Protocols for Professional Learning

Protocols for Professional Learning

Protocols for Professional Learning

Protocols for Professional Learning


About the PLC series: Welcome to an adventure! If you are a teacher who is interested in developing a professional learning community to develop your classroom repertoire and increase your students' achievement and motivation, you are in for a treat. A professional learning community (PLC) is a small group of teachers or administrators that meets regularly and works between meetings to accomplish shared goals. PLCs are vehicles for connecting teacher practice and student outcomes, improving both.

About this book: Protocols for Professional Learning is your guide to helping PLCs successfully explore any topic. You'll find step-by-step instructions for implementing 16 different protocols that can be used to examine student work or professional practice, address problems with students or among faculty, and facilitate effective discussions.


Dave, a science teacher, brought several science portfolios for his interdisciplinary team to examine. Though each portfolio was more than 30 pages long and bulky with drawings and charts, Dave assured us that we didn’t have to read them all in depth. Nor did we have to assess them. He requested that we use the Tuning Protocol for our discussion—a process for fine tuning what we do as educators by examining student work or artifacts of teacher practice (such as lesson plans).

Because we knew each other well and met regularly, we indulged only in “checking in” as a starting activity. Dave began with these words:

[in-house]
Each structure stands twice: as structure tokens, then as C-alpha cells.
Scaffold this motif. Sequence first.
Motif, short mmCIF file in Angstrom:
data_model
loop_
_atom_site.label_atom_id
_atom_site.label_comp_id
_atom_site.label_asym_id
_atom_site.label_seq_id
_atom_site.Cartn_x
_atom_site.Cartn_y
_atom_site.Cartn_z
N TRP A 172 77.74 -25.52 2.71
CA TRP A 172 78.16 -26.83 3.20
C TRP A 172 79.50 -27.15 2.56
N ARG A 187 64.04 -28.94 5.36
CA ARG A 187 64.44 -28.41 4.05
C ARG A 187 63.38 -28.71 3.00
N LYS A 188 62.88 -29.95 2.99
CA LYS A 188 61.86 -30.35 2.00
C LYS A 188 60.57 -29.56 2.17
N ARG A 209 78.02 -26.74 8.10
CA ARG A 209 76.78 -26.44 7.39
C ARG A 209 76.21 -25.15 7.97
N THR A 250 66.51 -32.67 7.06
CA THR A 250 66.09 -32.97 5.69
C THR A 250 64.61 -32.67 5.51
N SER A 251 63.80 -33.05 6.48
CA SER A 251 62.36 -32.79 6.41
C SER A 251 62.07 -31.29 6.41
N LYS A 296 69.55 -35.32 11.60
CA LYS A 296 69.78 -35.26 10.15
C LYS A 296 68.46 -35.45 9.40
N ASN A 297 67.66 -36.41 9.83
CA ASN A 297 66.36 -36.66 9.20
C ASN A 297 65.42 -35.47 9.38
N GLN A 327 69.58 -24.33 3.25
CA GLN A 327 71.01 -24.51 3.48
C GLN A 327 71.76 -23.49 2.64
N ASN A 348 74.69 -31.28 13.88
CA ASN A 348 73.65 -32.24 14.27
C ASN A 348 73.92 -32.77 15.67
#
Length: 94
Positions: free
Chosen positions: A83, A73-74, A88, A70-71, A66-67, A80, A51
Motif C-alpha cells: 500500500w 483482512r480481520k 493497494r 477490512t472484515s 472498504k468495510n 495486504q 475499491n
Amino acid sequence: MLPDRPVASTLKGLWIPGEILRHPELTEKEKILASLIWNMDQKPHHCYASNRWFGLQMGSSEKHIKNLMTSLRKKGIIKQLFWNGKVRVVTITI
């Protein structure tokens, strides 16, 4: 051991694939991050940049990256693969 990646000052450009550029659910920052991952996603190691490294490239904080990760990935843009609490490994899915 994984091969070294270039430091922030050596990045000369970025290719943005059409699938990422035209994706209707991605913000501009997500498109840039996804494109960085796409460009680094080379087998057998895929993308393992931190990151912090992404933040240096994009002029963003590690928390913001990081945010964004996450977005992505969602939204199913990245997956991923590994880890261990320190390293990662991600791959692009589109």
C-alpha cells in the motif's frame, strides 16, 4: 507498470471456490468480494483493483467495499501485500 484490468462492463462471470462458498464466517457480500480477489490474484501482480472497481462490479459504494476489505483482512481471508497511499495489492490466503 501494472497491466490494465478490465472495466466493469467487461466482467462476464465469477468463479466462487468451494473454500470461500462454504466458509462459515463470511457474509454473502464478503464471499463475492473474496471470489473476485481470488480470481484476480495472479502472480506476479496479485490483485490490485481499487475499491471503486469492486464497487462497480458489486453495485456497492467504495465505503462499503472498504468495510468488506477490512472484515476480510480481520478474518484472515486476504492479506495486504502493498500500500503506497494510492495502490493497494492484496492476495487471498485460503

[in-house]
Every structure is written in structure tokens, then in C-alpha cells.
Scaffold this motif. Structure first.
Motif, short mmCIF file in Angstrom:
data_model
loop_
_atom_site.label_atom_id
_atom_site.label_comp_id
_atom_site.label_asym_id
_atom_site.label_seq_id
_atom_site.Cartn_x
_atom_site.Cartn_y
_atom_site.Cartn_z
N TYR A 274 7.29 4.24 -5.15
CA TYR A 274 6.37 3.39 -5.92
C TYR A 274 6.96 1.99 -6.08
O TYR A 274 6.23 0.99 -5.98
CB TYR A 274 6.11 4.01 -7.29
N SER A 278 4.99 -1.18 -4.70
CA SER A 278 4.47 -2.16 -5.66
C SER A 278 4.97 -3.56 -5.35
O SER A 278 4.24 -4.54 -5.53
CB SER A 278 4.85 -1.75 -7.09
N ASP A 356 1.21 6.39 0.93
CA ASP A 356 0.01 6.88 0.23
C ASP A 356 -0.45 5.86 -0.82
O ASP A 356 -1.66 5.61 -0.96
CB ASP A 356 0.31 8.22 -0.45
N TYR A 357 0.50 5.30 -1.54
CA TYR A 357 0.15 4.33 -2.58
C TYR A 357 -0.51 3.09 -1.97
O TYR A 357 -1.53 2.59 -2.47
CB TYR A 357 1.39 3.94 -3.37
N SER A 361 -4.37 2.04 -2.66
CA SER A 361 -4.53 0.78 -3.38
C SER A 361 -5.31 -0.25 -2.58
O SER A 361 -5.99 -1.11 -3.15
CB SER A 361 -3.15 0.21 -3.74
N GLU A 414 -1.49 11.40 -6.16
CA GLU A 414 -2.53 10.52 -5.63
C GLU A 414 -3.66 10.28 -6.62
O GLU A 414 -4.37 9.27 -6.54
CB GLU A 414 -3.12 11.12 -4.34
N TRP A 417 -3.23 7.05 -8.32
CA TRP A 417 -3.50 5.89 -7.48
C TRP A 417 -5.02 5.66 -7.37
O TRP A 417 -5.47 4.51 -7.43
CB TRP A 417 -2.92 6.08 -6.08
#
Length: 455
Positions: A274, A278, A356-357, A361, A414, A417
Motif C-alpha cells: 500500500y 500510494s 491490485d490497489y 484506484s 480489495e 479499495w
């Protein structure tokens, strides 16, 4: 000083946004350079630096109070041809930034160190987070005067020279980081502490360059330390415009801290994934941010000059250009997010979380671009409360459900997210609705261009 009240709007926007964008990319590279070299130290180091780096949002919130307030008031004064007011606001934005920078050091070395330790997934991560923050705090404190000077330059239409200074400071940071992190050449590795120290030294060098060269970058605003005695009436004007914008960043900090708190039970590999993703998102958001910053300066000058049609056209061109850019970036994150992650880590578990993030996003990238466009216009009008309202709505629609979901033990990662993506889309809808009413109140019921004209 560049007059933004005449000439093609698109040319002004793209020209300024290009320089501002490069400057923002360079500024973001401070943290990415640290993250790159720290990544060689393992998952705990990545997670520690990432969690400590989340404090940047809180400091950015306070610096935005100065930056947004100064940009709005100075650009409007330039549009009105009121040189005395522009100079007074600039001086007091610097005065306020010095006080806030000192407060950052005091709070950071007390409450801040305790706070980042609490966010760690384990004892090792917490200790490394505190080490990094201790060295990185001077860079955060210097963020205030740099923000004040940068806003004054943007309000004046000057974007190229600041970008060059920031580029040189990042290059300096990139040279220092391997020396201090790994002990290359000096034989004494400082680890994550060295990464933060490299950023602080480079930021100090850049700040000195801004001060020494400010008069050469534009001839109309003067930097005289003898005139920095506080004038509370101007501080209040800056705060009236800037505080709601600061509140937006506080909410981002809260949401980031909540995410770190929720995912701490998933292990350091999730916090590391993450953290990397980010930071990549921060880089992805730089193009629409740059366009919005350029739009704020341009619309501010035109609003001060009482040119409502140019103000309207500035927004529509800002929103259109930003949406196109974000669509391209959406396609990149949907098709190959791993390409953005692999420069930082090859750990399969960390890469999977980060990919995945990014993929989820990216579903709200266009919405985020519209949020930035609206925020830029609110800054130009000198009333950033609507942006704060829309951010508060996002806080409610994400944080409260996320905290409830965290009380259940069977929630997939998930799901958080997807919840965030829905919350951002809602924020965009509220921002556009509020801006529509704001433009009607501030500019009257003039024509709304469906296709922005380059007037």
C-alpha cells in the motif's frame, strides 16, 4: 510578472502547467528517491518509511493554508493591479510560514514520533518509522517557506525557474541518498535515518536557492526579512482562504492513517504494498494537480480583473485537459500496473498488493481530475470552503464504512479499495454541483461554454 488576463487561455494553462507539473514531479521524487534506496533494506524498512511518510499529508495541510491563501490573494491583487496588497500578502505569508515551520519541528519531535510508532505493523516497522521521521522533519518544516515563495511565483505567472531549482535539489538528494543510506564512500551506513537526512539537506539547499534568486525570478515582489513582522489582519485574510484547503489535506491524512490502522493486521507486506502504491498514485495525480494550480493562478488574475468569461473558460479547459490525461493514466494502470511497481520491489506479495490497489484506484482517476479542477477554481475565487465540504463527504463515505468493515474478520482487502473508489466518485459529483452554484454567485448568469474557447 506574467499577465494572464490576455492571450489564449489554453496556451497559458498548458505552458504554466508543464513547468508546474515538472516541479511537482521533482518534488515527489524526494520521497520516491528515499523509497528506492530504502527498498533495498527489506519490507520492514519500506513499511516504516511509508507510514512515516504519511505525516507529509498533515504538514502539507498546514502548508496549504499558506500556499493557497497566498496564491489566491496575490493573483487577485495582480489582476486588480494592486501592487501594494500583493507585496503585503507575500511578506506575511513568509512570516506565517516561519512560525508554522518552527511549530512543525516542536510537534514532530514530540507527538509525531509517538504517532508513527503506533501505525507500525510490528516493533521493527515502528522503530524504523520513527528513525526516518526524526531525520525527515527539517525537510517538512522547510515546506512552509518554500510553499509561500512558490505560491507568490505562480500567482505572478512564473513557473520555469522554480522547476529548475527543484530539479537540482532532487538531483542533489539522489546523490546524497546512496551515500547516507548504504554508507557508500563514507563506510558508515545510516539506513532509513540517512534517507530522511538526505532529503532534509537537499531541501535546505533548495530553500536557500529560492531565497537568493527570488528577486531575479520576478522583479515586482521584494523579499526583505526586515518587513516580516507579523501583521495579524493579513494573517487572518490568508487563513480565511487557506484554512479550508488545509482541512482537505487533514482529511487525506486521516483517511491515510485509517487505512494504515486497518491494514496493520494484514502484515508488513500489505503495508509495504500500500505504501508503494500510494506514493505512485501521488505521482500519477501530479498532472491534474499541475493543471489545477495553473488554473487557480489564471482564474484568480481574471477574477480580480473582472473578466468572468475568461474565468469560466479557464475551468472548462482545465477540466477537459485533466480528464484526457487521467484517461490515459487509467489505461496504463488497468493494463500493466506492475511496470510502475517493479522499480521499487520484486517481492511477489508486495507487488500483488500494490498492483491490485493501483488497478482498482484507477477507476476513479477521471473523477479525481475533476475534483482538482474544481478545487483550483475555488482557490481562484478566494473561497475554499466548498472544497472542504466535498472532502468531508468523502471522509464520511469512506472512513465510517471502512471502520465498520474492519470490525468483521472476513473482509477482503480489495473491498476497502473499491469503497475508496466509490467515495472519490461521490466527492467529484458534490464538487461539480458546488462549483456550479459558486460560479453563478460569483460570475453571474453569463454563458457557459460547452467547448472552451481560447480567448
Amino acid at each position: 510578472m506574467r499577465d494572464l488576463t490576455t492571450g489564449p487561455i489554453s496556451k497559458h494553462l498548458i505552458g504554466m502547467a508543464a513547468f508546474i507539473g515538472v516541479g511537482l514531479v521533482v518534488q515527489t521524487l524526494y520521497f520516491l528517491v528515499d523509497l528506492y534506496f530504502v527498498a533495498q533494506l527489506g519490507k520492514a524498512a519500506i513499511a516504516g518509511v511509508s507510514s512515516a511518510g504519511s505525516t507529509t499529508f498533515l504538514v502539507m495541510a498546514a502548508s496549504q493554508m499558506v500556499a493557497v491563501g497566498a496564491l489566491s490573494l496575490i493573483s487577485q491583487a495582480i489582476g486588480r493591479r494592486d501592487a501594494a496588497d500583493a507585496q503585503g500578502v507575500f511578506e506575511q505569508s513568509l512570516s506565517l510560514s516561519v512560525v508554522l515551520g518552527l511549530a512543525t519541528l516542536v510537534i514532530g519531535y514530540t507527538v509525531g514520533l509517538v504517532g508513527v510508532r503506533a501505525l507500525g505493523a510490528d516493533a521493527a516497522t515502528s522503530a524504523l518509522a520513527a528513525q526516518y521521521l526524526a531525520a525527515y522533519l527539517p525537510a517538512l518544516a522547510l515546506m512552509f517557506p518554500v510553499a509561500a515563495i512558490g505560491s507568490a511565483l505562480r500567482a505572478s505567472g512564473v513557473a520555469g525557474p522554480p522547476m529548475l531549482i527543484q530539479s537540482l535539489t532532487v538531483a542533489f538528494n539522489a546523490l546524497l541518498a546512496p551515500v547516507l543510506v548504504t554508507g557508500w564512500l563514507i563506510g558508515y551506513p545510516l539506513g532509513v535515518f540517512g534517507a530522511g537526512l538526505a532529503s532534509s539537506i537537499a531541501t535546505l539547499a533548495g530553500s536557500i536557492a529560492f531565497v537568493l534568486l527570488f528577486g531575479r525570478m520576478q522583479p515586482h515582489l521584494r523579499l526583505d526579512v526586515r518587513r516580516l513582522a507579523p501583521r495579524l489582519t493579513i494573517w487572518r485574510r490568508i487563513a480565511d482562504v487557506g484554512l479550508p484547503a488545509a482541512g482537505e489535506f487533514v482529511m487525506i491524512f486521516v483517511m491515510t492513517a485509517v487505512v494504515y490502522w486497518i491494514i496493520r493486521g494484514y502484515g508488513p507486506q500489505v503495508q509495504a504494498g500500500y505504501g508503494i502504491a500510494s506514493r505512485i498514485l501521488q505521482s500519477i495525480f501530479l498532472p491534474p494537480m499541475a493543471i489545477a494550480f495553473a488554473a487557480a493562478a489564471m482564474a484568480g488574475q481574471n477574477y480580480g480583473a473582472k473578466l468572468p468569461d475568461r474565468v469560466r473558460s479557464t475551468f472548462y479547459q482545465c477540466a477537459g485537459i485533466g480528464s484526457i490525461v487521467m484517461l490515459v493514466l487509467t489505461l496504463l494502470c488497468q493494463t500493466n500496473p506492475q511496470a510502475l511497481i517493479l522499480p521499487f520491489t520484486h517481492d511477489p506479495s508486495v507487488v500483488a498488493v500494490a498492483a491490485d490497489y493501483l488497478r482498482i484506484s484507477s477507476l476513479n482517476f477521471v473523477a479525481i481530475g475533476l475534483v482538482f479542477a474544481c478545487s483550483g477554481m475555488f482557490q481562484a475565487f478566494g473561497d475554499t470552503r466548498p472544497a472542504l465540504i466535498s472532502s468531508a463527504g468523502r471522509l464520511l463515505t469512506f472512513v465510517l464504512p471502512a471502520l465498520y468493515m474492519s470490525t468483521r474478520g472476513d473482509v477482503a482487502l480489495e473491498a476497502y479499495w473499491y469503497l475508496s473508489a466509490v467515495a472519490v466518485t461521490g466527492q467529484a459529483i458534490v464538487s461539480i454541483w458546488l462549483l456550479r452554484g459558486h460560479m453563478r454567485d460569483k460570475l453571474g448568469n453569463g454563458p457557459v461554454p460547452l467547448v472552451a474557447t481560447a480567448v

“I’m really proud of these portfolios. I think that—at last—I’ve found a way to link curriculum, instruction, and assessment, all in this one format, the portfolio. Things make sense to me, and also to my students. I’d like to take you through one portfolio while you look through the others. They follow the same format.”

Dave opened the portfolio he had kept and took us through it as we looked at the ones in front of us.

“Here’s the problem: I’m not sure that portfolios stimulate students to think at the highest levels. I’m not sure what levels of Bloom’s taxonomy are represented in these portfolios, but I suspect that only the three lowest are. I definitely want science students to be analyzing, synthesizing, and evaluating. So my key questions are these: What can you tell me about the levels of thinking in these portfolios, and how can I be sure that student work reflects the higher levels of thinking?”

Dave gave the group the remaining 8 minutes of his 15-minute time period to pore through the portfolios. We did so quietly, although we had questions and were beginning to test some hypotheses. We knew that during this part of our process, we were to say nothing; Dave had the floor, even though he was staying quiet so we . . .

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